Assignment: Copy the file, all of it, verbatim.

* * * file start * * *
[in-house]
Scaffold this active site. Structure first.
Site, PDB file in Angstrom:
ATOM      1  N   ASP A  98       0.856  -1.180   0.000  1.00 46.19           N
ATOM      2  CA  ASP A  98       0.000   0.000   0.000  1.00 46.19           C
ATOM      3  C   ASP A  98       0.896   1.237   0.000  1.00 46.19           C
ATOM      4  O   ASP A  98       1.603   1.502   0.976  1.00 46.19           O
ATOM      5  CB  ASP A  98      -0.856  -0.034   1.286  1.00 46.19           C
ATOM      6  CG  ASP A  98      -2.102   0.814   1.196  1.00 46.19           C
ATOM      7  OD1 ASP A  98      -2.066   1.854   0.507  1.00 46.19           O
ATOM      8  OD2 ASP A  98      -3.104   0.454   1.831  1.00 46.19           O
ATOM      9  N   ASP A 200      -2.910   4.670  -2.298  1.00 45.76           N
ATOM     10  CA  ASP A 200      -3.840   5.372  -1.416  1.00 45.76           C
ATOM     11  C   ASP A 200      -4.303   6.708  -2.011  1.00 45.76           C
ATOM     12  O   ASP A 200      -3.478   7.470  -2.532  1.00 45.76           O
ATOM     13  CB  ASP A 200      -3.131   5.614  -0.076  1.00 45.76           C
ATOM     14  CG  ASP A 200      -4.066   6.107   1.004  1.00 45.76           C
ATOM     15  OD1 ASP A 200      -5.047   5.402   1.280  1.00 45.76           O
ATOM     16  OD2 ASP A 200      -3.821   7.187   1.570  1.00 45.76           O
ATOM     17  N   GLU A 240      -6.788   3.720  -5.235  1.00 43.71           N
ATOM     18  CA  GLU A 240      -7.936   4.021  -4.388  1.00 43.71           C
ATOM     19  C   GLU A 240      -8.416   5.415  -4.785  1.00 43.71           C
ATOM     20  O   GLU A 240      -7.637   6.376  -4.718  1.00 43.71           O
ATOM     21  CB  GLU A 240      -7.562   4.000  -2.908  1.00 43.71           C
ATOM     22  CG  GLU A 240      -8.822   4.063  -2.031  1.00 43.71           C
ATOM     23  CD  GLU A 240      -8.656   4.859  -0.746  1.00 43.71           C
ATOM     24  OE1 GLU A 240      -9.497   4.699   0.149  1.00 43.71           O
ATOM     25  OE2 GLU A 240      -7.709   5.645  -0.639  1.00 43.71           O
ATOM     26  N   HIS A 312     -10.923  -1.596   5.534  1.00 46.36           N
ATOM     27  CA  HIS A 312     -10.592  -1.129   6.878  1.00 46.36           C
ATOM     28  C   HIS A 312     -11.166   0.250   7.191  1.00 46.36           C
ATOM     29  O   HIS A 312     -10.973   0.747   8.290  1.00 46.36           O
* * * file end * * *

[in-house]
Scaffold this active site. Structure first.
Site, PDB file in Angstrom:
ATOM      1  N   ASP A  98       0.856  -1.180   0.000  1.00 46.19           N
ATOM      2  CA  ASP A  98       0.000   0.000   0.000  1.00 46.19           C
ATOM      3  C   ASP A  98       0.896   1.237   0.000  1.00 46.19           C
ATOM      4  O   ASP A  98       1.603   1.502   0.976  1.00 46.19           O
ATOM      5  CB  ASP A  98      -0.856  -0.034   1.286  1.00 46.19           C
ATOM      6  CG  ASP A  98      -2.102   0.814   1.196  1.00 46.19           C
ATOM      7  OD1 ASP A  98      -2.066   1.854   0.507  1.00 46.19           O
ATOM      8  OD2 ASP A  98      -3.104   0.454   1.831  1.00 46.19           O
ATOM      9  N   ASP A 200      -2.910   4.670  -2.298  1.00 45.76           N
ATOM     10  CA  ASP A 200      -3.840   5.372  -1.416  1.00 45.76           C
ATOM     11  C   ASP A 200      -4.303   6.708  -2.011  1.00 45.76           C
ATOM     12  O   ASP A 200      -3.478   7.470  -2.532  1.00 45.76           O
ATOM     13  CB  ASP A 200      -3.131   5.614  -0.076  1.00 45.76           C
ATOM     14  CG  ASP A 200      -4.066   6.107   1.004  1.00 45.76           C
ATOM     15  OD1 ASP A 200      -5.047   5.402   1.280  1.00 45.76           O
ATOM     16  OD2 ASP A 200      -3.821   7.187   1.570  1.00 45.76           O
ATOM     17  N   GLU A 240      -6.788   3.720  -5.235  1.00 43.71           N
ATOM     18  CA  GLU A 240      -7.936   4.021  -4.388  1.00 43.71           C
ATOM     19  C   GLU A 240      -8.416   5.415  -4.785  1.00 43.71           C
ATOM     20  O   GLU A 240      -7.637   6.376  -4.718  1.00 43.71           O
ATOM     21  CB  GLU A 240      -7.562   4.000  -2.908  1.00 43.71           C
ATOM     22  CG  GLU A 240      -8.822   4.063  -2.031  1.00 43.71           C
ATOM     23  CD  GLU A 240      -8.656   4.859  -0.746  1.00 43.71           C
ATOM     24  OE1 GLU A 240      -9.497   4.699   0.149  1.00 43.71           O
ATOM     25  OE2 GLU A 240      -7.709   5.645  -0.639  1.00 43.71           O
ATOM     26  N   HIS A 312     -10.923  -1.596   5.534  1.00 46.36           N
ATOM     27  CA  HIS A 312     -10.592  -1.129   6.878  1.00 46.36           C
ATOM     28  C   HIS A 312     -11.166   0.250   7.191  1.00 46.36           C
ATOM     29  O   HIS A 312     -10.973   0.747   8.290  1.00 46.36           O